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Saks Fifth Avenue Will Stop Selling Fur by the End of 2022

Citing customer demand, the luxury department store chain will phase out mink, fox, chinchilla, sable and other furs.

Saks Fifth Avenue Thom Bradley/Unsplash

At Saks Fifth Avenue, fur is on the way out.

The American luxury department store chain announced on Thursday that it would stop selling most fur items by the end of its 2022 fiscal year, a move that applies to both brand partners and private label suppliers. Saks will eliminate products that use hair and hides from animals raised specifically for their fur, a materials list that includes, but isn’t limited to, mink, fox, chinchilla and sable, as well as fur products derived from wild animals like coyotes and beavers. The retailer will continue to stock items that use shearling, goatskin, cattle hide, down, feathers, leather and, of course, faux fur.

Saks Ends Sale of Fur

Markus Spiske/Unsplash

In a statement, the company’s chief merchandising officer Tracy Margolies said the move comes in response to an evolving consumer mindset. “Across the Saks Fifth Avenue experience, we evaluate a number of factors when making decisions about our assortment, including customer preferences and societal shifts,” she said. “We recognize that trends constantly evolve, and that the sale of fur remains a significant social issue. As such, eliminating it from our assortment is the right step for us to take at this time.”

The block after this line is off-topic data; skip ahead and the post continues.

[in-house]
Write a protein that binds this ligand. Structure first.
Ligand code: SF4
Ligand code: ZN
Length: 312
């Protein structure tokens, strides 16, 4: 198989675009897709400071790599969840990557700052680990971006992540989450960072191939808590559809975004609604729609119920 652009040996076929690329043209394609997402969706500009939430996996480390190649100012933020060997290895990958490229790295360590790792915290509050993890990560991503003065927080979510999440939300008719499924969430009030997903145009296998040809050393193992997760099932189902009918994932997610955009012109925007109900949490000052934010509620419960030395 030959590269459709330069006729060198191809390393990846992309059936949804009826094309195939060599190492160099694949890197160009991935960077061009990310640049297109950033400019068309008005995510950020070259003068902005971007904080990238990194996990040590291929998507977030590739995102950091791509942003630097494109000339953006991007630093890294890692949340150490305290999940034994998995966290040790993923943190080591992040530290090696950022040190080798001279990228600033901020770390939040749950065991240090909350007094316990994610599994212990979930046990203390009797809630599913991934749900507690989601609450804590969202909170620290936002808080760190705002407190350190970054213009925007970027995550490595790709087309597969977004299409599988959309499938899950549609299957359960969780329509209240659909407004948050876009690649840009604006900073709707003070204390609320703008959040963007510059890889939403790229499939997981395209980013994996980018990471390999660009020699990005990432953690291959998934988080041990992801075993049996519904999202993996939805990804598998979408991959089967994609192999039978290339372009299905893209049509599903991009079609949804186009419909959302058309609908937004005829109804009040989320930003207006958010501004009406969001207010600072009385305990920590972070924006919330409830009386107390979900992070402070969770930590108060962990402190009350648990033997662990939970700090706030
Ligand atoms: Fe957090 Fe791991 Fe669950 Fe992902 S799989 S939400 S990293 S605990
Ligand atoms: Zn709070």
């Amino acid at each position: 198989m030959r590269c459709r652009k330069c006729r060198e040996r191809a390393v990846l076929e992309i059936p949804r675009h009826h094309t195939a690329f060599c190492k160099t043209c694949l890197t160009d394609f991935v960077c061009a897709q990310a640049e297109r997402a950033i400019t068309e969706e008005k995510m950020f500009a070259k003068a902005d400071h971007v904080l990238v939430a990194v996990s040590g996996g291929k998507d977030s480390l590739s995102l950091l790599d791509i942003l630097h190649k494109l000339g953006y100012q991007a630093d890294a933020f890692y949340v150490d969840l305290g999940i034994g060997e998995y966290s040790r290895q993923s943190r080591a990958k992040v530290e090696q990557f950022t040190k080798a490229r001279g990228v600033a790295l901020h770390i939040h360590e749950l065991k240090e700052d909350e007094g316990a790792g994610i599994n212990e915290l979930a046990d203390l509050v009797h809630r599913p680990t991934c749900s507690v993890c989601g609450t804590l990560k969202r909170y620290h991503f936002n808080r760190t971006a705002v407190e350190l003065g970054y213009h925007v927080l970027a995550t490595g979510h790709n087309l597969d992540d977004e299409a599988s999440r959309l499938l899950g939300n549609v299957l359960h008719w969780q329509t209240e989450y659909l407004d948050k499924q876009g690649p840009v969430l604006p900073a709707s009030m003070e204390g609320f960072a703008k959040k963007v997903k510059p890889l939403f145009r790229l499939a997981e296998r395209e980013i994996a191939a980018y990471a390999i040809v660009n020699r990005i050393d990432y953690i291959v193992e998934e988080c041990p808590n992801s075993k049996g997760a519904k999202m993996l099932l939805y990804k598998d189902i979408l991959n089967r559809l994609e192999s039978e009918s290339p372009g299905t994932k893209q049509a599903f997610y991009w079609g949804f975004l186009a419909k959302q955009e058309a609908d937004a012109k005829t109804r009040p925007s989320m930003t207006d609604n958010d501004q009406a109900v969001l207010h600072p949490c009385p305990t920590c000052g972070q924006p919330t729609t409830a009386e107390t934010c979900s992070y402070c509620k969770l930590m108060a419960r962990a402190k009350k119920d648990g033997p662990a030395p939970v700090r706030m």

Saks is not alone in recognizing and acting on this change. Over the past two years, a number of brands and retailers have aligned their product offering with a growing group of customers expressing not just disinterest but also disdain for fur. Just last year, Nordstrom announced it would stop selling fur by the end of 2021. And as of spring 2020, none of the brands owned by the Prada Group (which includes Prada, Miu Miu, Church’s and Car Shoe) use fur in their designs.

Like a renewed focus on sustainability, consumer awareness can be credited with fur’s change in status from a desirable luxury good to a material associated primarily with animal cruelty. And if customers keep voting against the use of fur with their dollars, Saks probably won’t be the last big retailer to stop selling it.


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